11. I feel like a silly fool lecturing a school of attorneys on how to win a case. But then, I’m merely passing on what another attorney told me.

    She wasn’t known as a legal scholar nor did she teach law, but she had an almost unbeatable record in contested jury trials.

    She said, “It’s simple, really. Hit their weakest point and your strongest point repeatedly, repeat, and repeat again, until the jury has it memorized like a little nursery rhyme. If you do that, and don’t come off too smart, especially if you’re a woman, you can’t lose.”

    That is exactly how the Republican party wins elections it should not win, and it is how the Democratic party loses elections it should win.

    Fewer talking points and hit them hard.

  12. So who gets to define that hazy concept “common good.” Does the adage of “The guys that’s got the gold make the rules,” or should it be the voters. Theoretically, it’s the latter, but that was before we had gerrymandering and Citizens United on steroids. What to do? Clean up the standards that the minority has managed to control the majority. How? By electing those who are ready, willing and able to do so in the hope that we can avert a 1789 storming the Bastille.

  13. Yes, Gerald, in theory, you are correct — oppression is the problem and it has been this way since our inception. We’ve won some small battles, but continue losing the broader war.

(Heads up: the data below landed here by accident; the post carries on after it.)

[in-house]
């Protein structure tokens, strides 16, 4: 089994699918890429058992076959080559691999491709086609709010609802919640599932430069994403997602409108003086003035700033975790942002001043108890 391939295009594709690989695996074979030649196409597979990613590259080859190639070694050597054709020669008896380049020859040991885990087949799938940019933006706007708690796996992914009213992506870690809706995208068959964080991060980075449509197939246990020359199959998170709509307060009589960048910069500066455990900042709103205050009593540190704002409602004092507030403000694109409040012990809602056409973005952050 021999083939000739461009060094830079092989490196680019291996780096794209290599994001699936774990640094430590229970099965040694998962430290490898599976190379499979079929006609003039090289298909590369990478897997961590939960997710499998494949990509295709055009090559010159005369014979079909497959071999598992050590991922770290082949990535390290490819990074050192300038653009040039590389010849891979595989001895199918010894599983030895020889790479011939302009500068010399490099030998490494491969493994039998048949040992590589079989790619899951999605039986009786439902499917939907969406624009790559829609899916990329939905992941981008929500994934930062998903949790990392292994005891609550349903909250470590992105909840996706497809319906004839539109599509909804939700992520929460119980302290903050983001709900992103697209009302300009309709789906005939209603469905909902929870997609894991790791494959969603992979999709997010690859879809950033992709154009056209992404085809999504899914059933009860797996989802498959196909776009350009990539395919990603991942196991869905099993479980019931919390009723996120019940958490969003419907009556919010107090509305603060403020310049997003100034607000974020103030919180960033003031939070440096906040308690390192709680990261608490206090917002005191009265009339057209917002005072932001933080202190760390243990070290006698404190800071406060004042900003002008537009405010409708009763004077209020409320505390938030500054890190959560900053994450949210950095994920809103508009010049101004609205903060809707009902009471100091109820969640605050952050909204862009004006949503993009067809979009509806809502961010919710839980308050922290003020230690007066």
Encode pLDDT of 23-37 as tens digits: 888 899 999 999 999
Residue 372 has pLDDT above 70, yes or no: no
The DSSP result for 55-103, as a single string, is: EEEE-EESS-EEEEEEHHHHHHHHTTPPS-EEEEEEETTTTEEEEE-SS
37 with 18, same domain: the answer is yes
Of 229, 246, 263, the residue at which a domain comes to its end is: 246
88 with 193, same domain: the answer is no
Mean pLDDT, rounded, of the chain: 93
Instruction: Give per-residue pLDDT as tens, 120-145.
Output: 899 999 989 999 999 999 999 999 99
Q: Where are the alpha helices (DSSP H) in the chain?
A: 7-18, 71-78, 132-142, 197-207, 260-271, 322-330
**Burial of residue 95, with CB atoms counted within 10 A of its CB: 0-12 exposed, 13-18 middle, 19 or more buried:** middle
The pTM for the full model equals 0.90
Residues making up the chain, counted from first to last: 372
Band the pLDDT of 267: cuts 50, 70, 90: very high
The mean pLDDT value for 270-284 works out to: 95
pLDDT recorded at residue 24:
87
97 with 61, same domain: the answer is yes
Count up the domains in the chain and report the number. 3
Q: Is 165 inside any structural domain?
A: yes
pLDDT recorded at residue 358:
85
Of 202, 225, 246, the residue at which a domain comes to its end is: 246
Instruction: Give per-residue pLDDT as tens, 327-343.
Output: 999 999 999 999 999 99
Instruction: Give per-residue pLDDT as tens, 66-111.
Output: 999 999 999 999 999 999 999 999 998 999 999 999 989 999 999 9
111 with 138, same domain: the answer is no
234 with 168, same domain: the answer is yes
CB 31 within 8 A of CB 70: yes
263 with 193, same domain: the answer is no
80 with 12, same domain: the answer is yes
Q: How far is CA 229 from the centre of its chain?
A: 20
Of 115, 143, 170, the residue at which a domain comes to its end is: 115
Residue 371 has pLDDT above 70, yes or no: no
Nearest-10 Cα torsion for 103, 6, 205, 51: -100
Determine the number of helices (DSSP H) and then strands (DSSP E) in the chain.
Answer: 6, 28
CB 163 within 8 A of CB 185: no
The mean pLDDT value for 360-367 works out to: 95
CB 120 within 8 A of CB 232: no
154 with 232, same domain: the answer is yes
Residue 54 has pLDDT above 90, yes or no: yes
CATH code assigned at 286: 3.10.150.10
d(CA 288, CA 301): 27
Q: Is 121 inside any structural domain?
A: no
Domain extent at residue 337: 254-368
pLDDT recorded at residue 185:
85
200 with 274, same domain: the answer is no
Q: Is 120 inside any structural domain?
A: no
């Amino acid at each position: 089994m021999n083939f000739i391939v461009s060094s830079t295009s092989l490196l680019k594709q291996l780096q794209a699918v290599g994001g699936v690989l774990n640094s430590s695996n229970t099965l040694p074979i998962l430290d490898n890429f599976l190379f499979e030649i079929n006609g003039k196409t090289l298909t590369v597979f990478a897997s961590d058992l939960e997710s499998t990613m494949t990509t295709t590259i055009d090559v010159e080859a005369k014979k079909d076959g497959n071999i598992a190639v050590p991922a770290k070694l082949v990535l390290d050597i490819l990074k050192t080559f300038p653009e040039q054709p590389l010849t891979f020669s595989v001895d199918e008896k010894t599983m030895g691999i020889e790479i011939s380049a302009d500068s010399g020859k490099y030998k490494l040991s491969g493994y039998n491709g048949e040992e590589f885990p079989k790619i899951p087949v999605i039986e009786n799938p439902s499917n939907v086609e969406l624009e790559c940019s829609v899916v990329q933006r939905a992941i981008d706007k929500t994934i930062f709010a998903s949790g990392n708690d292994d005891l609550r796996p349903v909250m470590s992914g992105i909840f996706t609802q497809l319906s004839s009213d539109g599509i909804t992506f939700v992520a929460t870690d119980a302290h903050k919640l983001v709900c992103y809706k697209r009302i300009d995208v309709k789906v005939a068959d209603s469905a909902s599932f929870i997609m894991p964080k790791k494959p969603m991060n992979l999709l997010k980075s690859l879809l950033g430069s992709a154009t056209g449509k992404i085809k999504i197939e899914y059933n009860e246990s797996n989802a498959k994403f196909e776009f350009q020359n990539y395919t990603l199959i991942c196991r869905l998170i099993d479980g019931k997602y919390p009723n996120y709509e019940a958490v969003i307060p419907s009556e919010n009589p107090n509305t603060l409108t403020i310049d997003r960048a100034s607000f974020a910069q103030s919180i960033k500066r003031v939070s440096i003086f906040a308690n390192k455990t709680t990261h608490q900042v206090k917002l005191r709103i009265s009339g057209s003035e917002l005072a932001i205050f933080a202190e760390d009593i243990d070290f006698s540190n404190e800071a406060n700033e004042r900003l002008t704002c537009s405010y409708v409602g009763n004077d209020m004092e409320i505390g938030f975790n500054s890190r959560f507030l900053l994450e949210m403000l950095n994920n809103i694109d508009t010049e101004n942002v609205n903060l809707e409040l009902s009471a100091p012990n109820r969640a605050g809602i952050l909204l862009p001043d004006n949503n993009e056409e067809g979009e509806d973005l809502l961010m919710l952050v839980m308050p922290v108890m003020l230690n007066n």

For the past 40+ years, we have been losing big and have once again (from the other direction) reached a Gilded Age.

    But like you mentioned, the weapons available to us via democracy, have been removed from us. We cannot “vote” our way out of this since the political and media institutions have become corrupt beyond repair. What you are seeing in the streets for the past several years is the beginning of Bastille or ‘us versus them’.

    However, the dopes on the right see the ‘us versus them’ as the whites versus the blacks. They are literally the white crackers on the plantation ordered to keep the slaves oppressed.

    How do you get the crackers to see that their problem is the plantation owner — NOT the slaves?

    Divide and conquer is the winning strategy of oppressors. It’s been used effectively for centuries.